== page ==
Often our most reliable friends are our oldest friends. Old friends, those who have been close for many years, always maintain a deep affection for each other.
The genuine value of friendship is to correct and encourage each other to go in a better direction.
It will require being alone when walking the spiritual path. And it may seem you’re losing old friends along the way. But what you’re really losing is not your old friends, but the old relationship you have with them.
Teacher Khenpo shares the story of Zhu Yuanzang, founder of the Ming dynasty, who never gave up old friendships. After becoming emperor, he asked his subjects to look for his old friend Tian Xing, who used to farm with him when he was young.
Similarly, as we inherit the spiritual kingdom, we’ll be enthused to share the banquet with people close to our hearts, people who stayed true to us through our struggles – our old friends. And so, we’d want to celebrate our victory with them too.
Old friendship stays. It’s how you relate to it that changes. In becoming the best version of yourself, you inspire them to become their best as well. You grow together. That’s the genuine value of friendship.
The Law of Impermanence
Suffering is rooted in clinging. The more deeply you realize the law of impermanence, the less overwhelming your suffering will be. If, for example, you understand the impermanence of fame, its loss won’t surprise you. If you understand the impermanence of affection, its failure won’t make you desperate. If you make peace with the impermanence of life, you can recover from the devastation of a loved one’s death.
It’s like catching water bubbles, as Teacher Khenpo suggests in a story. Water bubbles are very pretty, but they disappear as soon as you catch them.
Likewise, we have to realize that we can’t hold on to anything in life. Everything will come to pass. If we attach our happiness to anything, we’re only setting up our own suffering.
This is not to deny the pain that comes with loss. Pain is inevitable. What we can avoid is unnecessary suffering.
Understanding the Law of Impermanence helps make painful experiences become more bearable as we go through the process of healing and acceptance.
It’s just like when farmers sow seeds in the spring – the plants can’t bear fruit immediately. Similarly, in between the sowing and the reaping of a positive or negative action, a period of time is required. However, karma ultimately never fails. As long as the cause is created, the effect will ripen sooner or later.
Karma, or the Law of Cause and Effect, is immutable. For every action, there’s a reaction. We reap what we sow.
Buddhist teachings include the concept of past lives with regard to karma, in that our current life experiences are the result of our previous lives. But karma is not a punishment. It is only teaching us the lesson we need to learn. Until we do, experiences will keep on repeating themselves.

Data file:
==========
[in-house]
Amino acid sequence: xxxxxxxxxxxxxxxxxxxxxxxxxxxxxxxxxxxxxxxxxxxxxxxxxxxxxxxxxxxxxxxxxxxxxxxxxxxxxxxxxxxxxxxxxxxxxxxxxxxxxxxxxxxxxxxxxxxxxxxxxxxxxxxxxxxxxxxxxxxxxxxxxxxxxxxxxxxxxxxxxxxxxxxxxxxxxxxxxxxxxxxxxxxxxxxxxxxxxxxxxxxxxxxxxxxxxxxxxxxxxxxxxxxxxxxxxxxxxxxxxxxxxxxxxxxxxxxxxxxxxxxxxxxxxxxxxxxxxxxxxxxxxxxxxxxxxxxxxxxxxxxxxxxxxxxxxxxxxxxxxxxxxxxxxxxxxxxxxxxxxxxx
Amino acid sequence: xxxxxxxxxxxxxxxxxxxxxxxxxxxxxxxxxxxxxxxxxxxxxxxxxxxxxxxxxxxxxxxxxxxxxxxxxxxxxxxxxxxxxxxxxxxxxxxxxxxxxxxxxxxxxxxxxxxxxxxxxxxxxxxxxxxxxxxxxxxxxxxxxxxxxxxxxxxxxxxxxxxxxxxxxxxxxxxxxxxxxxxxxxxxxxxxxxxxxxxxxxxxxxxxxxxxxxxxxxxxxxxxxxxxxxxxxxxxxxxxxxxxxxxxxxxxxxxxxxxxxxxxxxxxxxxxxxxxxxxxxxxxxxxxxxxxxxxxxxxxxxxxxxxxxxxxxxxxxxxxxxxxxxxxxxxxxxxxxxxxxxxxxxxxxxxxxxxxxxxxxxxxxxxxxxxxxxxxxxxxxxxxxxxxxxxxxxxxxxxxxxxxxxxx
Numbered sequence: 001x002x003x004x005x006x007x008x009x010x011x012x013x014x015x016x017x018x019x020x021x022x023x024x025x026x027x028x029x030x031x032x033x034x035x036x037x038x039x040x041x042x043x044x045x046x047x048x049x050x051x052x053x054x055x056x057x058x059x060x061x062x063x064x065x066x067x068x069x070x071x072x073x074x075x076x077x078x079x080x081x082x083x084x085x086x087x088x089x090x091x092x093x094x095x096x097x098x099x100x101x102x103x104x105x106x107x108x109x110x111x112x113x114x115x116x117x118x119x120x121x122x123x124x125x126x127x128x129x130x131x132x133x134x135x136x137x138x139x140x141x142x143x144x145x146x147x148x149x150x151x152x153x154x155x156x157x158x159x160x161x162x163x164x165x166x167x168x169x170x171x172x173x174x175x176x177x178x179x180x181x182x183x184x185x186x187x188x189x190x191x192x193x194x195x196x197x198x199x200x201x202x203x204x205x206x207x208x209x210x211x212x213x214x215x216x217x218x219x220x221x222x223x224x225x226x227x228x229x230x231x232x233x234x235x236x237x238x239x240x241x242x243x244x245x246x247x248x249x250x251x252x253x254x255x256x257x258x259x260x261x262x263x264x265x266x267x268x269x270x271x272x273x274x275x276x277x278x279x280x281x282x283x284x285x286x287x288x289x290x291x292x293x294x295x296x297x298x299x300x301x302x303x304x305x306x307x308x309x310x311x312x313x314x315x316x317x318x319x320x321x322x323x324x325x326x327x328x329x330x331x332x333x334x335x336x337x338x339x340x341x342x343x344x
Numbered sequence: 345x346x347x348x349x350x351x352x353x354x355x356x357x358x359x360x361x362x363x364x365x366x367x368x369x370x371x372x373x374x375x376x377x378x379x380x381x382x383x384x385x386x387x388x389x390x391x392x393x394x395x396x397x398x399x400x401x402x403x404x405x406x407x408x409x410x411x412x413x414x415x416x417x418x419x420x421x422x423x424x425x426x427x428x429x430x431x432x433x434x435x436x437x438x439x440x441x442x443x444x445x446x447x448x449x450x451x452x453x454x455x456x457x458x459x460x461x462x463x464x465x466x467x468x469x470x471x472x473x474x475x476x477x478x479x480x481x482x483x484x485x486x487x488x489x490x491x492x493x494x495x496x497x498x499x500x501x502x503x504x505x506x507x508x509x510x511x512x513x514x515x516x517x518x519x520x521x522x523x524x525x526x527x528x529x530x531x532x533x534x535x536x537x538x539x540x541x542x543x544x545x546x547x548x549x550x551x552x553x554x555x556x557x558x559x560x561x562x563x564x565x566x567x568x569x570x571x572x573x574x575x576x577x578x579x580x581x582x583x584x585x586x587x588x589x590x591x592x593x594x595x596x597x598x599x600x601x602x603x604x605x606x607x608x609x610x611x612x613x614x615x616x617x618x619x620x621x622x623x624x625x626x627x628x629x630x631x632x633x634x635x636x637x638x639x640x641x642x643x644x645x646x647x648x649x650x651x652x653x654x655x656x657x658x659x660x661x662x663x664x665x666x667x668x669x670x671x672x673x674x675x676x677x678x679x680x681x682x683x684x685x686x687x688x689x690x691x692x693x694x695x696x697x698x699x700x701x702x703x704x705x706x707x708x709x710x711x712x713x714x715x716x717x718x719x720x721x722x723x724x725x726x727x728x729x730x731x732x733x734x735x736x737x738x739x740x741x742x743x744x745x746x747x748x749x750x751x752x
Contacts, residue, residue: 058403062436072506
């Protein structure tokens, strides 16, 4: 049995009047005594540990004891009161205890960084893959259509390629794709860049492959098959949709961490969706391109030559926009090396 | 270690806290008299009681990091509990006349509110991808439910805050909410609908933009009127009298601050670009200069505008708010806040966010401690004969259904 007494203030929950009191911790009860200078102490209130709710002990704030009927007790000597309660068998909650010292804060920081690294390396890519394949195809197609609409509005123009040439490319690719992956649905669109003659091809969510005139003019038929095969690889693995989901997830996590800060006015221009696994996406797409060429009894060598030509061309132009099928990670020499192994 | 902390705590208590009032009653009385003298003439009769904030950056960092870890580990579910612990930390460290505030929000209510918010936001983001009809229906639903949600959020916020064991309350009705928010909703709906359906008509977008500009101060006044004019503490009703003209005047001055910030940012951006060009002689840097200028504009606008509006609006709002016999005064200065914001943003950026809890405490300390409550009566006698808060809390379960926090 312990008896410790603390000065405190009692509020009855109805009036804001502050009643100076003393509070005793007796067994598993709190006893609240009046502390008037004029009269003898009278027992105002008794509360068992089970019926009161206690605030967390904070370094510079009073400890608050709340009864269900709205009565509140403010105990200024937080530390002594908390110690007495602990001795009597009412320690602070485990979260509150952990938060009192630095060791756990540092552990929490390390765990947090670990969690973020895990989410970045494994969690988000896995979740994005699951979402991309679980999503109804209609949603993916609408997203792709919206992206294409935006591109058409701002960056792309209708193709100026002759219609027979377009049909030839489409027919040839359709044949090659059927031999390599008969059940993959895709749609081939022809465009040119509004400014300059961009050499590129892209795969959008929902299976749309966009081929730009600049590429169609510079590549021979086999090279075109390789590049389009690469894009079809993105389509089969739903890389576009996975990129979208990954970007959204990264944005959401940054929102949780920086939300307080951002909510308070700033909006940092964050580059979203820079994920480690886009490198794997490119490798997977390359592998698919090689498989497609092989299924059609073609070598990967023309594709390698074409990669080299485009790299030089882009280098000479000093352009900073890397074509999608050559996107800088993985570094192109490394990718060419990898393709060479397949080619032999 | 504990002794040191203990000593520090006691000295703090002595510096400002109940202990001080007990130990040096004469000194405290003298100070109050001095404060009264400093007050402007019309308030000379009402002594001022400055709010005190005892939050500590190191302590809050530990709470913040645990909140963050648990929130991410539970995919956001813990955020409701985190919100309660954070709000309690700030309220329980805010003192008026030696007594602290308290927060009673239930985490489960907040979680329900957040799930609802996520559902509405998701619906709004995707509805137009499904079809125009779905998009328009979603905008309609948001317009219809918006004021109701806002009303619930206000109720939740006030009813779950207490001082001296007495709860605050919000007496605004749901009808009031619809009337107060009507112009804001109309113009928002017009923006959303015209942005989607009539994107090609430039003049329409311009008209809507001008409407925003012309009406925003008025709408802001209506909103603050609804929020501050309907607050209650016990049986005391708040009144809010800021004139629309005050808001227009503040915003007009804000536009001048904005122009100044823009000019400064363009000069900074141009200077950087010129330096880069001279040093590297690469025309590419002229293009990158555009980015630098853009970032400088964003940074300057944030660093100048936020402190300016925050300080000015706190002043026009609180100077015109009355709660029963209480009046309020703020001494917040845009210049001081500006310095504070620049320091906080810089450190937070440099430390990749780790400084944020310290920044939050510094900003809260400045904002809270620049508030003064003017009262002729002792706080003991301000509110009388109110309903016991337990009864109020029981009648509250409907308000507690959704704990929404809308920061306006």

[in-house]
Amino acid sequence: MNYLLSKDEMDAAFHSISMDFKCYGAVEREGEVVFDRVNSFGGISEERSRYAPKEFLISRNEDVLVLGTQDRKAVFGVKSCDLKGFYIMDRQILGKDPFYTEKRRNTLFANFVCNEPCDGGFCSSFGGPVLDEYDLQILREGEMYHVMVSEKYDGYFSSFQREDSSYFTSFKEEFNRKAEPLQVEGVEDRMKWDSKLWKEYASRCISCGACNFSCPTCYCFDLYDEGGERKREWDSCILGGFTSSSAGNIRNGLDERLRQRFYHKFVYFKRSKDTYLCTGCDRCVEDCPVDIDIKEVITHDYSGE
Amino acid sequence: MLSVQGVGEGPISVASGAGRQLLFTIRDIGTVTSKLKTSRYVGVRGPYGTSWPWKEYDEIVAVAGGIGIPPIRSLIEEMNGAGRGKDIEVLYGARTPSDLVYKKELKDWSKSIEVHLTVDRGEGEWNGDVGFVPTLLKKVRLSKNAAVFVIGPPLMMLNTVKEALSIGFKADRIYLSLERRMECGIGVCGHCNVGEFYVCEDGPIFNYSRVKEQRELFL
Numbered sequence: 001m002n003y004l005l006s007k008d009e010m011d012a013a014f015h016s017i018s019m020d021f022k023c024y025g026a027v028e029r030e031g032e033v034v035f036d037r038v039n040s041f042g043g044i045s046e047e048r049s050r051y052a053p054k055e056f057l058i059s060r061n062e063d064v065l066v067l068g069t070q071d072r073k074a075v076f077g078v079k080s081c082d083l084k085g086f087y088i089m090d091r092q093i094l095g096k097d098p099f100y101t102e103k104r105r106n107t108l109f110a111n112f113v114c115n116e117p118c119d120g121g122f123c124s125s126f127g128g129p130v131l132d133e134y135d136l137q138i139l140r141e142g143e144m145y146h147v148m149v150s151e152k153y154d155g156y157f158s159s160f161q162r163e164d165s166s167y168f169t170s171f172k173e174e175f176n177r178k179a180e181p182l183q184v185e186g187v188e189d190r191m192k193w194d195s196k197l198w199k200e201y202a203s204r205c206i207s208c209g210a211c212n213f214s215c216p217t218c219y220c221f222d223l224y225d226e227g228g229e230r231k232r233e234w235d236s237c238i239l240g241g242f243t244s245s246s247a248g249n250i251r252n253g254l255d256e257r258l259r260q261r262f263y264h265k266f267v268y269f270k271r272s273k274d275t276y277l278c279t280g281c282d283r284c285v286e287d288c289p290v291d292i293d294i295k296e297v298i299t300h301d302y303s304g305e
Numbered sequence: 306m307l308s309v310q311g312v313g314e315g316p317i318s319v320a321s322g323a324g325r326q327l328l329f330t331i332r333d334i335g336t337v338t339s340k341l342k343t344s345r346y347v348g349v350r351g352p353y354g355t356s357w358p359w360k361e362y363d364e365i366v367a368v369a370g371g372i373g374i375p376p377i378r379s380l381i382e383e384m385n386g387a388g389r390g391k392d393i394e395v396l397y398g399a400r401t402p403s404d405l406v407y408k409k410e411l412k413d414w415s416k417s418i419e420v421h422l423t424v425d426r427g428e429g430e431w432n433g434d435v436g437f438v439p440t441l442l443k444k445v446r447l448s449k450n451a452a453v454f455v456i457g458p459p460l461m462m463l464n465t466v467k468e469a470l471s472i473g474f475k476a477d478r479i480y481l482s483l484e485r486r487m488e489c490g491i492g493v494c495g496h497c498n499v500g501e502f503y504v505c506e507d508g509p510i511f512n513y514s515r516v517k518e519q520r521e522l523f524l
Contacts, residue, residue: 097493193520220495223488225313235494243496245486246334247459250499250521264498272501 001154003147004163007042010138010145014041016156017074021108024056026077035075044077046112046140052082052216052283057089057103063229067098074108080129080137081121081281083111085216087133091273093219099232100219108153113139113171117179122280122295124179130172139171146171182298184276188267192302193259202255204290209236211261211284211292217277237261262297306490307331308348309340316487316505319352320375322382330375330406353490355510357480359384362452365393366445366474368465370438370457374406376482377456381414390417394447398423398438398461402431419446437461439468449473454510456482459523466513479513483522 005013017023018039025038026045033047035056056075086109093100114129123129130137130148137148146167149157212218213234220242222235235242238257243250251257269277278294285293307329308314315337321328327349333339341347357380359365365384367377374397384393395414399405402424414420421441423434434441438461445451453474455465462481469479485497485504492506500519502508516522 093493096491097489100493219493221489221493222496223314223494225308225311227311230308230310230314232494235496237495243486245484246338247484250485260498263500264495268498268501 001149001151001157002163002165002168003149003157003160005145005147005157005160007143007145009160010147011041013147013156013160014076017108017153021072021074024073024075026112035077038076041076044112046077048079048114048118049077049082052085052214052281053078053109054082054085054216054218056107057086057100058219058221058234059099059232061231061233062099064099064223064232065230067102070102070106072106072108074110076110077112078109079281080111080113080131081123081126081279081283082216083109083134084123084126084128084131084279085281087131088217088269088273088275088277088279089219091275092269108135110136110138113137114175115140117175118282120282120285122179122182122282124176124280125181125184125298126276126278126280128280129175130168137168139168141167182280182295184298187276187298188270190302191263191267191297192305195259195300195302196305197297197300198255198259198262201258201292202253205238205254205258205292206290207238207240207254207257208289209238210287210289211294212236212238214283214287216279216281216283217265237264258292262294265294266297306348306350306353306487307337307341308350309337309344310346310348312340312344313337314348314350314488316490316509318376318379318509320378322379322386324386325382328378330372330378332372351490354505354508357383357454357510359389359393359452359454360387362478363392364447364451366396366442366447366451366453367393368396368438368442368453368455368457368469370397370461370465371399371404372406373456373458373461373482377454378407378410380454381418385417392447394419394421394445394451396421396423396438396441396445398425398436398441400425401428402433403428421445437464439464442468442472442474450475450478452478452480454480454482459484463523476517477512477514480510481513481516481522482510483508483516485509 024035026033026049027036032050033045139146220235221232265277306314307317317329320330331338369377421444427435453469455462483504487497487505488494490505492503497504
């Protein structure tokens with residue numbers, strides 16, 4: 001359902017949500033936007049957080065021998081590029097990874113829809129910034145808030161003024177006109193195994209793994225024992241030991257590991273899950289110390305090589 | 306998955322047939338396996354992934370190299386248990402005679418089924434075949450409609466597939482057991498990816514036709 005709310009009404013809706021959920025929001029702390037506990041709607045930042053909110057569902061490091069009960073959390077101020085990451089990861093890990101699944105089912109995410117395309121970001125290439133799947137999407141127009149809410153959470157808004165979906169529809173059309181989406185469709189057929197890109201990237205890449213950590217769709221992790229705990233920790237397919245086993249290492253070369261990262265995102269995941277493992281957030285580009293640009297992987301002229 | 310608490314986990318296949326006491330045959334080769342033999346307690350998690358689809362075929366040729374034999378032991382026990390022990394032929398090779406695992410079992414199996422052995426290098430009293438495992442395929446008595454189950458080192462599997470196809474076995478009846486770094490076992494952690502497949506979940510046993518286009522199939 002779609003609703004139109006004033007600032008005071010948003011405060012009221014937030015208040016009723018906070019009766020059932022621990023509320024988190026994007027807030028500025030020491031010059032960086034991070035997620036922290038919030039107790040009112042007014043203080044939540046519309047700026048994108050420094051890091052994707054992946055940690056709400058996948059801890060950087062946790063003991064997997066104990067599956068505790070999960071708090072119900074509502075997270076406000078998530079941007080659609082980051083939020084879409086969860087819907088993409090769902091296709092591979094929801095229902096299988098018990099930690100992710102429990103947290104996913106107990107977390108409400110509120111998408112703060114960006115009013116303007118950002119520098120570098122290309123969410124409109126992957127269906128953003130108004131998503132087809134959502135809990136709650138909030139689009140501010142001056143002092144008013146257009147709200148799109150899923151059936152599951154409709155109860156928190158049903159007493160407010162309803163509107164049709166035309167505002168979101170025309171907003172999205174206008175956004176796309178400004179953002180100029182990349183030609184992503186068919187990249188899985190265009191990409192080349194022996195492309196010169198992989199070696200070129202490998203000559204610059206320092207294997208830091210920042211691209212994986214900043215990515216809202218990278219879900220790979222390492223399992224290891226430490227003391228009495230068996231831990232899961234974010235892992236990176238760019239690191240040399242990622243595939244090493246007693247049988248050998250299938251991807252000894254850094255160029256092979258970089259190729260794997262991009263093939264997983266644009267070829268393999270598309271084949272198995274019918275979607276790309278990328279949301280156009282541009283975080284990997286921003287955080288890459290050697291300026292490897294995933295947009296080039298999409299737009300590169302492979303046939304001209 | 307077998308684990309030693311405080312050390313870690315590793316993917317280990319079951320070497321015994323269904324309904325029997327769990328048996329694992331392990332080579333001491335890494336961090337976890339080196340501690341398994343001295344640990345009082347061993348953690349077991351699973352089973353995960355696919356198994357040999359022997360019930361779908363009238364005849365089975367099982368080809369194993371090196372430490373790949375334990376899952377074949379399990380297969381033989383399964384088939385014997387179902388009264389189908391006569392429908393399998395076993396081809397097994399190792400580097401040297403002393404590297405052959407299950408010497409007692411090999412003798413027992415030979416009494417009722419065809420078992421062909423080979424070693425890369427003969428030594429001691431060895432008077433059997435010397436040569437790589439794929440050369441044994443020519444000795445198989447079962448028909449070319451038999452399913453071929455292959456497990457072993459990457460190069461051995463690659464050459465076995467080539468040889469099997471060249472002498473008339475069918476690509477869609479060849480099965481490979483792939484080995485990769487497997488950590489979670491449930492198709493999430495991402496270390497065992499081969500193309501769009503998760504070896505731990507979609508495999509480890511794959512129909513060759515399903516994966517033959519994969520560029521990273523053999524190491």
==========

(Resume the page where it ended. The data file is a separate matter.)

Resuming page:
Whether we believe it or not, what’s more important is what we do now. It bears reminding ourselves time and again that our power to change is always in the present moment.
And what we do in the present will take time before it bears fruit. We can’t expect a seed we planted today to grow fully as a tree tomorrow and bear fruit the next day.
What we do is we nurture the garden consistently as best we can and let nature take its natural course in creation.
When we were born, we couldn’t feed or clothe ourselves – it was our parents who made sacrifices to raise us. Then they concerned themselves with our education, work, and relationships. Now we have grown up, but our parents have aged. If we aren’t concerned with them, it is unconscionable!
I like that the book has an entire section about parents. It serves as a great reminder to children.
In Chinese, the word “filial” is made up of characters for old on top and offspring below, meaning to say “offspring should uphold or support their parents.”
There is no greater love than that of a parent for a child. That is the basis for everything they do. It may not always be the best for us, but it’s the best they can think of, given what they know.
They may be “toxic to our spirituality,” but isn’t that part of what we’re learning here? Maybe their toxicity is also a call for healing, a call for loving them unconditionally.
How helpless we once were is how helpless our parents will become as they age. We’re not returning a favor. We’re returning love.
It’s the Music
The conclusion has to be that there is no suffering or happiness inherent in external objects. Everything is determined by the mind. When the mind believes it’s good, there’s pleasure. When the mind believes it’s bad, there’s suffering.
Teacher Khenpo says that only when we understand the nature of mind can genuine happiness be understood.
He tells the story of Tao Yuanming, a recluse who once made an instrument without strings. Although it made no sound, he took great pleasure in playing it.
It goes to show that Tao’s happiness was not dependent on his instrument. It didn’t matter to him if it produces sound or not. He was the one creating the music in his mind. He creates his own happiness.
The music of happiness is always playing, but we have to tune into it with our mind in order to hear it. We know it’s there because we can feel it in our heart and our soul dances to its song.
ABOUT THE AUTHOR
KHENPO SODARGYE was born in Tibet in 1962 in what is today the Sichuan province of China. After spending his early years herding yaks, he entered the Buddhist monastery and went on to become the preeminent scholar of Larung Gar Buddhist Institute in Serthar. He is now one of the leading scholars of that institute, the fastest-growing Buddhist monastery in China today. He has been especially effective at popularizing Tibetan Buddhism among Chinese communities and regularly speaks at universities in Asia and the West.